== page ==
For affected individuals, the personal and health-related information involved in this incident may have included names, birthdates, government-issued identification numbers (for example, social security number), bank account information (for North American employees on Belden payroll), home addresses, email addresses, other general employment-related information (for Belden employees), gender, and benefits information, such as UMI (member) number, group number, coverage category, primary source of coverage, the effective date of that coverage, any additional sources of coverage, the effective date of additional coverages, their relationship to a Belden employee, and other benefits information. For individuals involved in a workers’ compensation claim associated with Belden, the personal and health-related information may have also included some information about their injury. For Belden personnel in insurance claims dispute discussions, the information about them may have included diagnosis and treatment information related to the claim.  Otherwise, Belden personnel do not have access to individuals’ diagnosis and treatment information.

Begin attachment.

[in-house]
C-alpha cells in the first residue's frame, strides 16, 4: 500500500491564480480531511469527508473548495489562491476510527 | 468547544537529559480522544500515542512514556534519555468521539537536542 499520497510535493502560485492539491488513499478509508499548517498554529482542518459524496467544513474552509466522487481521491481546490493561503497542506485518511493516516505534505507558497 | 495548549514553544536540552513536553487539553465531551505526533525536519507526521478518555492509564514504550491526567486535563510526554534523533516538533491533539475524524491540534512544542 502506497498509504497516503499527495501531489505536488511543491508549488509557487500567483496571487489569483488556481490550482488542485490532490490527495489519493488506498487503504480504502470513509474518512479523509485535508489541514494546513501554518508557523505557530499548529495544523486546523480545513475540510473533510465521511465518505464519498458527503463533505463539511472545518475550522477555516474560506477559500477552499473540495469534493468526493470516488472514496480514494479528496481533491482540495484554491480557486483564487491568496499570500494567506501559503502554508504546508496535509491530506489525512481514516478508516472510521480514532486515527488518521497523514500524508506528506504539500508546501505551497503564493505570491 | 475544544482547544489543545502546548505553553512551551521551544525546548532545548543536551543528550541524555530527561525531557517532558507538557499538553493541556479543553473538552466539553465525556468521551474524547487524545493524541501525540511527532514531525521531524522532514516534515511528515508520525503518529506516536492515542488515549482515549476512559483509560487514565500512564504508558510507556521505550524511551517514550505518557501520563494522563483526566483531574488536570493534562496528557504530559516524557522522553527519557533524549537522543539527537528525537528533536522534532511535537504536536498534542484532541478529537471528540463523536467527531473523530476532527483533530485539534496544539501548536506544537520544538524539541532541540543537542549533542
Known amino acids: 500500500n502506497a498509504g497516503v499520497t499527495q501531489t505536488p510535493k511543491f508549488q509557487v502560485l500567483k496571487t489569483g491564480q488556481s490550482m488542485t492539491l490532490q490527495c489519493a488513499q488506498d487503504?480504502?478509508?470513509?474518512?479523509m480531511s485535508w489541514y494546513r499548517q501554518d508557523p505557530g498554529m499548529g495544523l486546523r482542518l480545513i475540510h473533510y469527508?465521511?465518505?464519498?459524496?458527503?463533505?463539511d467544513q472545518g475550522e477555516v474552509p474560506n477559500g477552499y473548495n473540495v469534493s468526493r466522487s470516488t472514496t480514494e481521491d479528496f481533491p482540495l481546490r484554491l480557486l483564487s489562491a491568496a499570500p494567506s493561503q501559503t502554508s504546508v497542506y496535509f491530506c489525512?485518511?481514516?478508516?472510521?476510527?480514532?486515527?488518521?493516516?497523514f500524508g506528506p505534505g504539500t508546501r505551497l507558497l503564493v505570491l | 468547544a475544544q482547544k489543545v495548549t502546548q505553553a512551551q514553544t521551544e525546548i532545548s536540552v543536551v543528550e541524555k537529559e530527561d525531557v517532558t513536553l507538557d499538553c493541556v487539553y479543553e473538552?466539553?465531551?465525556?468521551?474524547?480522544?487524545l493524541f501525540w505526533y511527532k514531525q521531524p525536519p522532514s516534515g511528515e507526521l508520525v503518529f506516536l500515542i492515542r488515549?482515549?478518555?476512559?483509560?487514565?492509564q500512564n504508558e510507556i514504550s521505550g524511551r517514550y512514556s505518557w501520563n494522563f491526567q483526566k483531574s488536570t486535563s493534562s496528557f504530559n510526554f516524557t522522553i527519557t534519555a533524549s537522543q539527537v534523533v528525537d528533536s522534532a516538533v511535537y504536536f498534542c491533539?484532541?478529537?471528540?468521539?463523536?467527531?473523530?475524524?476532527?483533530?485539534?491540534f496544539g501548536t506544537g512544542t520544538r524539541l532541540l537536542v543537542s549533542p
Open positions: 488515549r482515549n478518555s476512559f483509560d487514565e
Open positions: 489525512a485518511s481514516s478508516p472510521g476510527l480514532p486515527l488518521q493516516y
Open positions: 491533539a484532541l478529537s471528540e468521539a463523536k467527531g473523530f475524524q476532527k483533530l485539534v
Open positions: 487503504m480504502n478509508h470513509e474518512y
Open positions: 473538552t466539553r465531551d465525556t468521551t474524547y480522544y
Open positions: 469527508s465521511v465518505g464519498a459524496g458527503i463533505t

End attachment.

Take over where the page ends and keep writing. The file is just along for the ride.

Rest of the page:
What we are doing?

While our investigation continues, we believe that we have stopped further unauthorized access of personal data on our servers. We are also working with regulatory and law enforcement officials, including the F.B.I. and Department of Homeland Security, to investigate the matter and have engaged legal counsel to help us notify appropriate regulatory authorities.  In addition, we are continuously monitoring for any suspicious activity on our systems and have deployed additional resources to reinforce the security of our systems.